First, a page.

Abstract: More Than Just Stressed out: How Intensive Mothering during the Covid-19 Lockdowns May Have Harmed Kids (Society for Social Work and Research 27th Annual Conference - Social Work Science and Complex Problems: Battling Inequities + Building Solutions)

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More Than Just Stressed out: How Intensive Mothering during the Covid-19 Lockdowns May Have Harmed Kids

Thursday, January 12, 2023
Laveen A, 2nd Level (Sheraton Phoenix Downtown)
* noted as presenting author
Anne Blumenthal, MSW, Doctoral Student, University of Michigan-Ann Arbor, Ann Arbor, MI
Ashley Forward, BA Student, The University of Michigan
Qingyang Hu, BA Student, The University of Michigan
April Merriweather, BA Student, The University of Michigan
Eden Rotonda, BA Student, The University of Michigan
Abigail Young, BA Student, The University of Michigan
Rachel Yum, BA Student, The University of Michigan

The social and economic crisis caused by the COVID-19 pandemic and associated lockdowns in spring 2020 exposed the fragility of family life in the United States. Though that fragility was unequally borne by marginalized families, there is growing evidence that even high-income parents were under strain. The strain on families may have been particularly acute in families with young children because of the particular supervision and care requirements associated with preschoolers, toddlers, and babies. Parenting stress is linked to an increased probability of risky parenting behaviors. However, little work has explored how mothers, who typically shoulder the burden of care of young children, understood the stress caused by the pandemic. This study aimed to describe how diverse mothers of young children experienced managing their child(ren)’s behaviors and parental stress at the beginning of the “lockdown” period of the pandemic.


Quantitative and qualitative data for the larger study (N = 720) were collected in two waves from Midwestern American mothers children under age six in April/May and May/June of 2020. This sub-study focuses on the qualitative data gathered from open ended questions posed to parents, asking them to: describe how their child’s behavior had changed since the beginning of lockdown, describe the most stressful event during the past week, and how their actual parenting actions might have differed from their ideal parenting actions. To analyze these responses, we bundled each respondents’ answers to these questions for both waves, along with key socio-demographic variables. Text was then analyzed using a flexible coding approach (Deterding and Waters, 2018). After index coding and memoing, we conducted a thematic analysis of over 8,000 coded excerpts.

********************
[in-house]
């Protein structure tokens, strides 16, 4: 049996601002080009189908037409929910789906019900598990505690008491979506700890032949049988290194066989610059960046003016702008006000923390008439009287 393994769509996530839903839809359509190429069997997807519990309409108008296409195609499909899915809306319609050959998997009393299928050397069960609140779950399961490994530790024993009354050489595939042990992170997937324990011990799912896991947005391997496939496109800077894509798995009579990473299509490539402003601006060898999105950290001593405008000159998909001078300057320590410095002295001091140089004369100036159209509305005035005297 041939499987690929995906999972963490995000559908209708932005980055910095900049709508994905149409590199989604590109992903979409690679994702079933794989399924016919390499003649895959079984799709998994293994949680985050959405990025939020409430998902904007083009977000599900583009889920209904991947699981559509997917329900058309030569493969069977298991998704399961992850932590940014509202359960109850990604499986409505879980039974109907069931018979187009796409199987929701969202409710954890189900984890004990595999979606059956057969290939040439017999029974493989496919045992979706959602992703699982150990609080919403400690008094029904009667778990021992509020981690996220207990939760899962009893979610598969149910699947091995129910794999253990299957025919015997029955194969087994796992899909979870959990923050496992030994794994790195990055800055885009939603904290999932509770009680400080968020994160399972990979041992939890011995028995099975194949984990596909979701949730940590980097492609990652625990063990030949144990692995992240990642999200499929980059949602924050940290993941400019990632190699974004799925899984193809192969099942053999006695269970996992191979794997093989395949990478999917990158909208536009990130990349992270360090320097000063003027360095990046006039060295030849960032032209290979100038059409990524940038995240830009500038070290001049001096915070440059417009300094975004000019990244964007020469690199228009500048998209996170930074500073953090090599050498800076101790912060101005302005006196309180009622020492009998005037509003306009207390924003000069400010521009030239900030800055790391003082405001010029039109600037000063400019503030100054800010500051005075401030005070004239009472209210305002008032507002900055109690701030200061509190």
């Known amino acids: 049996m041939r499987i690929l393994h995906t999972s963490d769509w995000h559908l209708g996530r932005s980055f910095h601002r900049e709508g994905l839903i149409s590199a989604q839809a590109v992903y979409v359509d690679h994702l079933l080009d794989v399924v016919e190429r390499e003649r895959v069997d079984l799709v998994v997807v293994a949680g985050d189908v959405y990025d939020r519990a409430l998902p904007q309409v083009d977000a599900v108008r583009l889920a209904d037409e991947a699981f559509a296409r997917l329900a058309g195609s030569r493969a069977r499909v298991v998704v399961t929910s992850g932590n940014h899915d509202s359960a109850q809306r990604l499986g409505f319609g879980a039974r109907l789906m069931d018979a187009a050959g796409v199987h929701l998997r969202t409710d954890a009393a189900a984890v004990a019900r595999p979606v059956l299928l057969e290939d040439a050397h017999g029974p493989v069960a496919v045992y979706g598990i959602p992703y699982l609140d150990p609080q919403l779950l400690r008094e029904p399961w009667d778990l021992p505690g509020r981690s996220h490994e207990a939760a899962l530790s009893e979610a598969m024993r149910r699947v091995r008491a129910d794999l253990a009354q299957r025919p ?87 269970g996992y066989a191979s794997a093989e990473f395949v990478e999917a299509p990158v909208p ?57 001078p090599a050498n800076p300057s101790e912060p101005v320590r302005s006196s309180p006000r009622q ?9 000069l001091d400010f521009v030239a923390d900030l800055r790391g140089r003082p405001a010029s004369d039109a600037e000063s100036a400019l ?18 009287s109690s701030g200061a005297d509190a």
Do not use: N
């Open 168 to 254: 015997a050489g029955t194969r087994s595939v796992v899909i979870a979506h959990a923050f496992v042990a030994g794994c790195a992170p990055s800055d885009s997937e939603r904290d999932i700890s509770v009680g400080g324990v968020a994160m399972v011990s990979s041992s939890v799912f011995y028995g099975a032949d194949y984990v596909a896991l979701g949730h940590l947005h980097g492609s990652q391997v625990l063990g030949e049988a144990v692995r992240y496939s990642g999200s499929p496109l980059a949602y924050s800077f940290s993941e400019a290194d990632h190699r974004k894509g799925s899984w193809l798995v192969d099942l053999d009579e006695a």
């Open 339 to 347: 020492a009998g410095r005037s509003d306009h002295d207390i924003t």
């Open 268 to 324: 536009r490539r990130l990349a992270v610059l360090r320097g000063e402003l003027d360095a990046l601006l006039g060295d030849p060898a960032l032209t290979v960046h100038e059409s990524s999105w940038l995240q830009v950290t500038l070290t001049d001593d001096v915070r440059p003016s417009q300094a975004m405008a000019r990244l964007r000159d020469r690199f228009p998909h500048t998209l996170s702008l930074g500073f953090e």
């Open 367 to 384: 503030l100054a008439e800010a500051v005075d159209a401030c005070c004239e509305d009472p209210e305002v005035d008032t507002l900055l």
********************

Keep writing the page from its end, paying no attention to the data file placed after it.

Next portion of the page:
A main thematic finding emerged. Diverse mothers, in terms of employment status, race, class, age, etc., reported feeling that they need more patience. This expectation of patient parenting was also expressed alongside admissions of: problematic parenting (e.g. spanking), unsupported parenting (e.g. stressed out and working from home with a missing husband), or anxiety-focused parenting (e.g. unrealistic engagement guilt). Mothers’ ideas about patience are shaped by social scripts regarding “intensive mothering”—engaged, emotionally focused, and effortlessly calm mothering (Hays, 1996). However, unlike how others have shown (Dow, 2019), we did not find a race/ethnicity difference in how mothers drew on the script of needing to be patient. Instead, we found that in a time of crisis, when the safety net was slow to respond, if it responded at all, and mothers were forced to shoulder the majority of child care burdens (Calarco et al., 2020), a script embedded in white middle class motherhood norms emerged among diverse groups.


Many have argued that the demands of intensive mothering are untenable for women. But our findings suggest that the beliefs embedded in intensive & engaged mothering also have negative consequences for children. We ultimately argue that when women draw on these scripts without contextualizing their stress within the extraordinary circumstances that occurred during the lockdown, their help seeking behaviors may be restrained and children may be harmed.